Thorough review of NHS Continuing Care needed

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NHS -Care Industry News (250 x 101)Wide variations in the provision of NHS continuing care funding for people with dementia have been uncovered in a new report by Sally Keeble, former MP and Labour prospective parliamentary candidate for Northampton North.

NHS continuing care is a funding package to provide free health care for people with severe health needs.

Ms Keeble surveyed 162 Clinical Commissioning Groups (CCGs) and found that:

  • There is a lack of funding for advocacy services to provide help and support for families applying for continuing healthcare support. Only four CCGs identified specific funding for advocacy
  • The role of family carers in the decision-making process is frequently unclear
  • Training of assessors is variable, with six CCGs saying they did not provide any training

The report calls for a review of how Clinical Commissioning Groups (CCGs) assess people for continuing healthcare funding to protect against a postcode lottery.

Jeremy Hughes, Chief Executive of Alzheimer’s Society, said:

‘People with dementia can often require round the clock care, putting huge strain on families and individuals both emotionally and financially. The financial support provided by NHS continuing healthcare is a lifeline for people with dementia and their carers.

‘Callers to our Dementia Helpline tell us that applying for continuing healthcare for a loved one with dementia is a minefield. All too often we hear of families who are refused funding because their local Clinical Commissioning Group (CCG) does not adhere to proper process.

‘It is entirely unacceptable that there is no duty on CCGs to fund advocacy services – which are essential to support families through the complex assessment process. A thorough review of NHS continuing care is needed to ensure vulnerable people are not unfairly disadvantaged by a flawed and poorly implemented system.’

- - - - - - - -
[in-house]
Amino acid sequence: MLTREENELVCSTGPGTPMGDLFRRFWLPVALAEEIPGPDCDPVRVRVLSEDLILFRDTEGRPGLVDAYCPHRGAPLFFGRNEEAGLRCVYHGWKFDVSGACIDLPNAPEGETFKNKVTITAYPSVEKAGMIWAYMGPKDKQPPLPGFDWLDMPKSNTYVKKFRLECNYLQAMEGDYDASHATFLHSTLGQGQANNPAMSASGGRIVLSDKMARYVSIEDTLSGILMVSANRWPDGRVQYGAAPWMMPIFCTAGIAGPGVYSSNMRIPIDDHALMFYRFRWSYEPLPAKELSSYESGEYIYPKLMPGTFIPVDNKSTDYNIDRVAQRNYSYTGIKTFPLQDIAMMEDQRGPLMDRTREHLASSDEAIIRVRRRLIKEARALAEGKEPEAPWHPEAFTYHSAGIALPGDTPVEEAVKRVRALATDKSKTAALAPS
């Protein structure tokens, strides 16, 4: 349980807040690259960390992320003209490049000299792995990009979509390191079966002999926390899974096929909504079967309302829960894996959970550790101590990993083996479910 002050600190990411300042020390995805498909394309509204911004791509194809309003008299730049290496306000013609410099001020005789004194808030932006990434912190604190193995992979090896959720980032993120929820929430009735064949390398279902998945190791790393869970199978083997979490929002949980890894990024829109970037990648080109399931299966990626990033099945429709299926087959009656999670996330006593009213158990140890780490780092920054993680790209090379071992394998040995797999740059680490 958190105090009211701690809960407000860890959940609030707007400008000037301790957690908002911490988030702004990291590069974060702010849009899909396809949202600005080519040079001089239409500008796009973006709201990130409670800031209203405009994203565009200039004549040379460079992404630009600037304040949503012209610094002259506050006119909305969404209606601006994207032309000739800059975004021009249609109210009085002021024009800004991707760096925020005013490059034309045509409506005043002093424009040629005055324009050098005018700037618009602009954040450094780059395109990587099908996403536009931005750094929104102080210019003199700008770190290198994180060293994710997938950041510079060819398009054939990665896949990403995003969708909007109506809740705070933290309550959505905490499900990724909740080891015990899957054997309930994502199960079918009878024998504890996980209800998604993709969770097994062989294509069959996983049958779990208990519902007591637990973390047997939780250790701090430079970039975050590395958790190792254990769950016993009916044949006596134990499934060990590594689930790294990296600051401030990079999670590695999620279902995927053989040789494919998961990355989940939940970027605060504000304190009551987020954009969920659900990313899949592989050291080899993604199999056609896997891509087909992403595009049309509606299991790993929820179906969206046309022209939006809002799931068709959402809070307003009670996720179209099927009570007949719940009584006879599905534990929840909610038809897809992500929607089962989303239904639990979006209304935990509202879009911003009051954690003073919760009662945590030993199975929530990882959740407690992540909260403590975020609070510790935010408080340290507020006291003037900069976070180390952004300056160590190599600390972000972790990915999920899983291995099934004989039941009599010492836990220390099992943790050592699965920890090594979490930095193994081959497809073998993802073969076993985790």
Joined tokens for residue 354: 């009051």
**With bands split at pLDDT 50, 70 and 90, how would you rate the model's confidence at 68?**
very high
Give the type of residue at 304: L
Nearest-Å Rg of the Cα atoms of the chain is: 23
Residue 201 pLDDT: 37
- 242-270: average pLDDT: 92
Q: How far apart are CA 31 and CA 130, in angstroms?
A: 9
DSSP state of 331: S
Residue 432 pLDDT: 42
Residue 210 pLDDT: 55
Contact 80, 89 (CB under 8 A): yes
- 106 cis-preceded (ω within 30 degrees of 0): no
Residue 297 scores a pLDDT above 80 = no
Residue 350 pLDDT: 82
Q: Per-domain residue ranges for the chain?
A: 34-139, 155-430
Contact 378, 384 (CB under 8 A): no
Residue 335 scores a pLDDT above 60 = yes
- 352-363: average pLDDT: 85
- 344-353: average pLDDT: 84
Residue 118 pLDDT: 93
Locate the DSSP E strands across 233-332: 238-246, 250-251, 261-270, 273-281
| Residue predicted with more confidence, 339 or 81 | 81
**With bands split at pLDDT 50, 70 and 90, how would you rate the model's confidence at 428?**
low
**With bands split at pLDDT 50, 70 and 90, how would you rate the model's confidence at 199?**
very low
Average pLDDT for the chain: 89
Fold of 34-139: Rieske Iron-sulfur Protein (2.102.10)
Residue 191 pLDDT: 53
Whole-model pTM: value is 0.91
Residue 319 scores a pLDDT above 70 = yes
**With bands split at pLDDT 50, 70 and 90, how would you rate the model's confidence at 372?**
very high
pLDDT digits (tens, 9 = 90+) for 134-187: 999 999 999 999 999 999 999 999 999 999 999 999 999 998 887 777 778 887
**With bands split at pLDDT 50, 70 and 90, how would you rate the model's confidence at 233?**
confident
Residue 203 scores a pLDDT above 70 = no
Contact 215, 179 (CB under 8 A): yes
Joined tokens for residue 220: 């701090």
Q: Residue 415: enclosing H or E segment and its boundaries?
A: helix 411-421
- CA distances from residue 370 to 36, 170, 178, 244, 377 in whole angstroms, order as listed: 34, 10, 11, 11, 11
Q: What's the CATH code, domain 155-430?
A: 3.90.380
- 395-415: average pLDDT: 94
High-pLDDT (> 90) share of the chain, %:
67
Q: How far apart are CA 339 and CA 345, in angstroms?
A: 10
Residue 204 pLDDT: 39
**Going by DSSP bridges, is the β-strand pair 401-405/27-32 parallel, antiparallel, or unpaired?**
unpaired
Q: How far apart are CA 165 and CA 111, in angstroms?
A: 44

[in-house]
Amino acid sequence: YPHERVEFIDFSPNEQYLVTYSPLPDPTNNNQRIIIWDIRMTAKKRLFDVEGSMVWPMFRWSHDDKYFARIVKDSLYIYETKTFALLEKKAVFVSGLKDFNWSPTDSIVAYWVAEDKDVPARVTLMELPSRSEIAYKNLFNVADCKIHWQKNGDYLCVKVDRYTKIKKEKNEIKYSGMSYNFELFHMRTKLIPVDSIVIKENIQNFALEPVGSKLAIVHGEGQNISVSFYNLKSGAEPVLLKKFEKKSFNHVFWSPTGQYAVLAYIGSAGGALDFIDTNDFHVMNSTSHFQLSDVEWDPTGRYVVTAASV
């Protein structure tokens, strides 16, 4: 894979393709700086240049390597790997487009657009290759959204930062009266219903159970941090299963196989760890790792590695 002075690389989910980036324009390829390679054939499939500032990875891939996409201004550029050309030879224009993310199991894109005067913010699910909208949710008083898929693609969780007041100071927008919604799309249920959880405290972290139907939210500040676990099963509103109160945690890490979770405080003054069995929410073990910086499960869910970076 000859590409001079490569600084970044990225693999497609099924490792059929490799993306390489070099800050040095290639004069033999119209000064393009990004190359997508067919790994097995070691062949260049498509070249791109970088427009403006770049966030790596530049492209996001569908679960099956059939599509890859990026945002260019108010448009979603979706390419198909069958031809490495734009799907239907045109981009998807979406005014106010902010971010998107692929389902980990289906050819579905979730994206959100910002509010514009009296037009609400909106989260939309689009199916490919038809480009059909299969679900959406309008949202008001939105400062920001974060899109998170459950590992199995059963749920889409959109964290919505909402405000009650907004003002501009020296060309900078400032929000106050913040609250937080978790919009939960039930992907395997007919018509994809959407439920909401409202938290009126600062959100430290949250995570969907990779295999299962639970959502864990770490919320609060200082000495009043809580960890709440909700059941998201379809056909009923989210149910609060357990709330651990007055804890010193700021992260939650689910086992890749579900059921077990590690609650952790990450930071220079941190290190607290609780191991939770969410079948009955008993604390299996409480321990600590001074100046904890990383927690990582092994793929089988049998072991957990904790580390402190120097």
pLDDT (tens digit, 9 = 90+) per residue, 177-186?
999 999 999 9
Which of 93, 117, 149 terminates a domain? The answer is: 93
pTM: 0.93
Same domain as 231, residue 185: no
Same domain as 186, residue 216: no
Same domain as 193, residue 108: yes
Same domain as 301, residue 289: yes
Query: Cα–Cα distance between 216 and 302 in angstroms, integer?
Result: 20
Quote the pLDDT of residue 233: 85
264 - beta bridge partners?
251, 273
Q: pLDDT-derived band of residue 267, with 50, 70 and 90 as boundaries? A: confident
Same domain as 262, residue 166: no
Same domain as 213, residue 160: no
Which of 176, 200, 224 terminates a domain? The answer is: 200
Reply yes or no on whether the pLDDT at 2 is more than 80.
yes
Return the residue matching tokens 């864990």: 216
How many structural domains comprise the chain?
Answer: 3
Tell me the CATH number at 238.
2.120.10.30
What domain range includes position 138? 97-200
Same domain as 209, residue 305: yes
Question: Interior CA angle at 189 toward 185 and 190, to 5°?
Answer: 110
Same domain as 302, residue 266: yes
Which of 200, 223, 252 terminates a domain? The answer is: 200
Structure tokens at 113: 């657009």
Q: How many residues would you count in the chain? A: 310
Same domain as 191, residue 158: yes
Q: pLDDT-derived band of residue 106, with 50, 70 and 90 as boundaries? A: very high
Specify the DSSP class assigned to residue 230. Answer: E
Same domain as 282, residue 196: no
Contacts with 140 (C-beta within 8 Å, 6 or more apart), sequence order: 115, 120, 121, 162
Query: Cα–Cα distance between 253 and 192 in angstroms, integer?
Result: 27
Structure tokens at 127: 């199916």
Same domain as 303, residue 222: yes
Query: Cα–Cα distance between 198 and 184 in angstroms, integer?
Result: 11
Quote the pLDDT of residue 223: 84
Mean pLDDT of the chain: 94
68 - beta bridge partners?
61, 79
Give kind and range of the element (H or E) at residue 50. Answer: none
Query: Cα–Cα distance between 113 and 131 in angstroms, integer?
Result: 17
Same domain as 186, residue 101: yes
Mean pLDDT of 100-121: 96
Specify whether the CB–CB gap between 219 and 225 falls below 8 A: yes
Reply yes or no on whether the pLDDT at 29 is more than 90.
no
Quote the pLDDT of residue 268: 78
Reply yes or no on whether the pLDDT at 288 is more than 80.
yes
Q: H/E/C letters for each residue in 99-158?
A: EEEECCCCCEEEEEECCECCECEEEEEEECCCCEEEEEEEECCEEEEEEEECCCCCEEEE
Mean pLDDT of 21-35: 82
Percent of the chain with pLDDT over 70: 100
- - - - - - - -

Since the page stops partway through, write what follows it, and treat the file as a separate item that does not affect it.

1 COMMENT

  1. I welcome Sally Keeble’s report.

    Firstly, it is a total postcode lottery. The variations are huge within counties, let alone between counties and different parts of the country. Largely the difference is likely to be about funding streams, but it is also about such things as commitment to elderly care, dementia and the disabled.

    Secondly as for dementia specifically, there is still a bias towards physical health, not mental health, unless it is a ‘mainstream’ mental health condition such as schizophrenia, bi-polar disorder, etc., and in my view, dementia is still often not taken seriously, consistently.

    Thirdly, even mental health services are very limited and declining. I recently asked for psychotherapy input for a gentleman who has been depressively suicidal, and not only had the community psychiatric nurse discharged this gentleman from their case load, the idea of psychotherapy input was virtually laughed at as being non existent for people living in care homes. However, these are people who often face complex conditions, have already given up their own home, (the holy grail of all community support), and often have depression for a wide variety of understandable reasons.

    Fourthly, and perhaps the biggest challenge is that whatever the need, it is unlikely that any CCG will fund the entire cost of meeting a persons holistic needs. Invariably fees are set at an arbitrary and low level, providers are told to take it or leave it, and / or face being ostracised.

    The entire system is inconsistent from less than adequate to poor to dismissive. Yet, conversely, if something goes wrong, the very same people sit piously at safeguarding meetings pouring over every detail, and asking why did you not do this or that, make better and more detailed records, and the real kicker – spend more time with people (which is laughed at when you seek funding.

    Such duplicity in poor Health and Social care commissioning practice is at the root of everything that is wrong, with challenged Hospitals, Care Homes and Care at Home.

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